In early July I did some hiking in the Lake Louise area. I started at the Chateau Lake Louise and hiked up to Mirror Lake, then Lake Agnes, and its European-styled tea house. There were too many people so I didn’t stop and hiked around Lake Agnes to the switchbacks that lead to the top of the Big Beehive. Here you’re rewarded with a stunning panorama of Lake Louise. From there I descended on the Highline trail which had lots of big rocks, roots, and stumps. I was glad I had my hiking poles. Eventually you join the Plain of Six Glaciers trail which leads to another tea house. I pressed on to the Plain of Six Glaciers viewpoint and ate my lunch underneath the hanging glacier of Mount Victoria. What a great day. Click on any photo in the gallery to see a larger version.
Lake Louise and Fairview Mountain ( 2744 m ) seen from the top of the Big Beehive. To the right is Haddo Peak ( 3070 m ) and Mount Aberdeen ( 3152 m ). As glaciers shrink the brilliant blues of mountain lakes is changing.
Mount Aberdeen and Mount Lefroy. In between the two mountains is the Lefroy glacier.
Hiking up the switchbacks to the Big Beehive. Looking down on Lake Agnes and some beautiful Larch trees.
The Mitre ( 2850 m ) and Lefroy glacier. The mountain was named in 1893 by Samuel E.S. Allen because it resembles a Bishop's mitre, which is a tall headdress.
The weather forecast wasn’t very promising, but I was determined to spend the day taking photos of the Fall colours. Timing peak colours each Fall is an imperfect science, and the ideal time and place one year can turn out to be a disappointment the next. The reason leaves change is because of a decrease in photosynthetic activity as the days get shorter in the Fall. I like this photo because of the vibrant colours and how the trees lead the viewer into the photo, creating a sense of depth. Click on the image to see a larger version with a black background.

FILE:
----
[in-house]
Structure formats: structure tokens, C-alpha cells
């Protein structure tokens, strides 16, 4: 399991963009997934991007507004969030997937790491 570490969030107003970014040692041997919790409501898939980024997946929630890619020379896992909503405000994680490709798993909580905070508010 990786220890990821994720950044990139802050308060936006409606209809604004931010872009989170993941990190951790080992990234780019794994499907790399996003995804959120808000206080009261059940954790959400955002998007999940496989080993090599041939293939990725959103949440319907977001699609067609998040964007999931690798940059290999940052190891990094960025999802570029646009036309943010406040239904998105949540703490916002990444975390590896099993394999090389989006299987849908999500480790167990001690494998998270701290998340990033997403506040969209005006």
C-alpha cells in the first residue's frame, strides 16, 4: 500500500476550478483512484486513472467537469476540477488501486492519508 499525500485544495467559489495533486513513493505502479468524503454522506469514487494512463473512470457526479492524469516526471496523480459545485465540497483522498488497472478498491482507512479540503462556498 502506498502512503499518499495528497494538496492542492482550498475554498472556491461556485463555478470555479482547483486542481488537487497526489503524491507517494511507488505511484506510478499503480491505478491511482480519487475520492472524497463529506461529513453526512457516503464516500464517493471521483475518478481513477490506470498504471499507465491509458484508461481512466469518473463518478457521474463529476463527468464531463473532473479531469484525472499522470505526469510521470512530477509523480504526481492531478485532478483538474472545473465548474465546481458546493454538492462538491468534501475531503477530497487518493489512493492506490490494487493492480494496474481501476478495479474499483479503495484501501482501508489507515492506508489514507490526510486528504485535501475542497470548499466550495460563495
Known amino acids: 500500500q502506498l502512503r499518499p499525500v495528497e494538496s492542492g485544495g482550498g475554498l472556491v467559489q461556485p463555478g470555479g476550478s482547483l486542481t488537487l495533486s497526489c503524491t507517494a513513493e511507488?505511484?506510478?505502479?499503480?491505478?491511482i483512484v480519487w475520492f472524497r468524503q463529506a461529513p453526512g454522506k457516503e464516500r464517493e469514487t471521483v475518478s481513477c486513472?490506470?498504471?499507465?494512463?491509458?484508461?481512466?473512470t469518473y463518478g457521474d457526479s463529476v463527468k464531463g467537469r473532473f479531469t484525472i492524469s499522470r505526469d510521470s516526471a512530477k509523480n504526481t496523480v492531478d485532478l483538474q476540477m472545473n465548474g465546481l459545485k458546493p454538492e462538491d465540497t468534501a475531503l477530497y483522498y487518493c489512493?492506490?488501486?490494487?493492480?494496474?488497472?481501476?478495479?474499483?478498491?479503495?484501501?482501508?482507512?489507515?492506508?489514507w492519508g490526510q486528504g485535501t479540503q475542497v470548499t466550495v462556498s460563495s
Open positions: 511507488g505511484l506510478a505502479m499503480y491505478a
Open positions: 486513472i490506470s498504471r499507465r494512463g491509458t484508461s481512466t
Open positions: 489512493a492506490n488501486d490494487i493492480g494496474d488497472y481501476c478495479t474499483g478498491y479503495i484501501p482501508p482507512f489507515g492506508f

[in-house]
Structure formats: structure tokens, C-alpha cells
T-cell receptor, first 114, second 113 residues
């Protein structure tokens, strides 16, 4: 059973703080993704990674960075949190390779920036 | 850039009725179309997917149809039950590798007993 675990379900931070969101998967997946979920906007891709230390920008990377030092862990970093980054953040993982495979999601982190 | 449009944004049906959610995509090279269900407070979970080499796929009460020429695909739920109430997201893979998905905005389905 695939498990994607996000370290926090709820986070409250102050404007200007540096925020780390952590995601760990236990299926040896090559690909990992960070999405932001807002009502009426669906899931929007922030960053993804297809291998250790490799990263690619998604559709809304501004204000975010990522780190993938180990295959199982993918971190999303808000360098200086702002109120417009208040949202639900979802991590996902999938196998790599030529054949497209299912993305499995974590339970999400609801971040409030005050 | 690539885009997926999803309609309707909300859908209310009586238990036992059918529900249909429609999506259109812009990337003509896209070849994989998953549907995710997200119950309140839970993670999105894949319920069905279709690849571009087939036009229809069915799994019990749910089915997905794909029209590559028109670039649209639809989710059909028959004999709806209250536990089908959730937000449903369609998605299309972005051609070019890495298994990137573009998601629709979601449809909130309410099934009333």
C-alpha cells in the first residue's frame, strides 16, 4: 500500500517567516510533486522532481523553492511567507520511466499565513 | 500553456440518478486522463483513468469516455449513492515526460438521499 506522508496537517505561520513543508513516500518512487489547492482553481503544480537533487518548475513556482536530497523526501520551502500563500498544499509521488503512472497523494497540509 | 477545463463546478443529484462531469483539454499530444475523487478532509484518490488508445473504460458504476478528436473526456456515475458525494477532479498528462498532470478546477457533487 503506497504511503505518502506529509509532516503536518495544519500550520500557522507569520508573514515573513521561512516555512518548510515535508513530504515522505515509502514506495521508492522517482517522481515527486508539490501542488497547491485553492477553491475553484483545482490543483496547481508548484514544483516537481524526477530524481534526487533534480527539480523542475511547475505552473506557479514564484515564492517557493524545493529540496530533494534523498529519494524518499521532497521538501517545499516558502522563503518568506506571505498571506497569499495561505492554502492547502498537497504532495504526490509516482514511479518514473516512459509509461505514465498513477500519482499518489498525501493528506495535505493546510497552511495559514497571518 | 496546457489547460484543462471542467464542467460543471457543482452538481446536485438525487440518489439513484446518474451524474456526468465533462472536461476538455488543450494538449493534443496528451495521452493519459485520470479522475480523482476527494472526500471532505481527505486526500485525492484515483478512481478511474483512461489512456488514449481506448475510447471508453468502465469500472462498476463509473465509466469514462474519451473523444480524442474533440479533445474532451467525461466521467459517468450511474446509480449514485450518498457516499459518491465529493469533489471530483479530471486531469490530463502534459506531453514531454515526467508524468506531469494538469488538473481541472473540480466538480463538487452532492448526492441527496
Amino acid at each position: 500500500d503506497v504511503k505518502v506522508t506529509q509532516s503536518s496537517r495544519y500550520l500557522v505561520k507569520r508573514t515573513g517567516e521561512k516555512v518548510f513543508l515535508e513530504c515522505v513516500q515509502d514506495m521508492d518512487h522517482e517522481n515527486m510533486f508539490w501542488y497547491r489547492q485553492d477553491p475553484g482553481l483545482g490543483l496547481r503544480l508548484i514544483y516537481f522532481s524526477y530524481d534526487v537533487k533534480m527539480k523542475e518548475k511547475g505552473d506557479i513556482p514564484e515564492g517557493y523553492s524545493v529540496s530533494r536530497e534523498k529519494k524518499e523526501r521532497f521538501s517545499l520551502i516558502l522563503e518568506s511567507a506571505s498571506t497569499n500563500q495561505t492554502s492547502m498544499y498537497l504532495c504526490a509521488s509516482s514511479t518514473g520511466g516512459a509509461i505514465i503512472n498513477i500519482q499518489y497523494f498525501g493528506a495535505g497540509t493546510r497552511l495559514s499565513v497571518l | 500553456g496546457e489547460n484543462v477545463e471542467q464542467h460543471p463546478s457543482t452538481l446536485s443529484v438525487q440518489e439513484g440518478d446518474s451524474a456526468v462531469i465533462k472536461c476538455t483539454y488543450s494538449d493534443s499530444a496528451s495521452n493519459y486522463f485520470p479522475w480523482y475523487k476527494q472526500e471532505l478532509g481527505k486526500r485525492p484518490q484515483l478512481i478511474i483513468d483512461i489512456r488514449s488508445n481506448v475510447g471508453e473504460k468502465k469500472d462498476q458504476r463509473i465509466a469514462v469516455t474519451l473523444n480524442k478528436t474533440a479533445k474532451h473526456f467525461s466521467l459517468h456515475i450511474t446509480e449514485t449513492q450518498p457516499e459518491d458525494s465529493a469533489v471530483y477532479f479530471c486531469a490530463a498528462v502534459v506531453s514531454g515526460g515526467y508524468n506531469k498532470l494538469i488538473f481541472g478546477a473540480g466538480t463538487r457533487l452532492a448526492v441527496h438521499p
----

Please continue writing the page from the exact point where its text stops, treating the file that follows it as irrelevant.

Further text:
Approximately 45 to 60 kilometres off the west coast of British Columbia are 150 islands that form the archipelago of Haida Gwaii. The climate produces lush vegetation, abundant wildlife and the area is nicknamed Canada’s Galapagos. It’s the heart of the Haida nation and they’ve lived on the islands for 13,000 years. There is more than 500 archeological sites, a few containing totem poles and longhouse remains. Gwaii Haanas National Park Reserve is located in the southern islands and is accessible only by boat or seaplane. I just returned from a 10 day trip in this area exploring the dramatic landscapes, moss-covered rainforest and ancient village sites with my camera. I’m now sorting through my images and looking forward to sharing them soon on my website.
The province of British Columbia contains so much natural beauty. I used my drone to create this video. In the lower right hand corner is a button that allows you to view the video full screen. There is another icon in the lower right hand corner that looks like a ‘gear’. Here you can select the resolution and 720p seems to work best. There is also music which makes the video more enjoyable to watch. Comments are always welcome.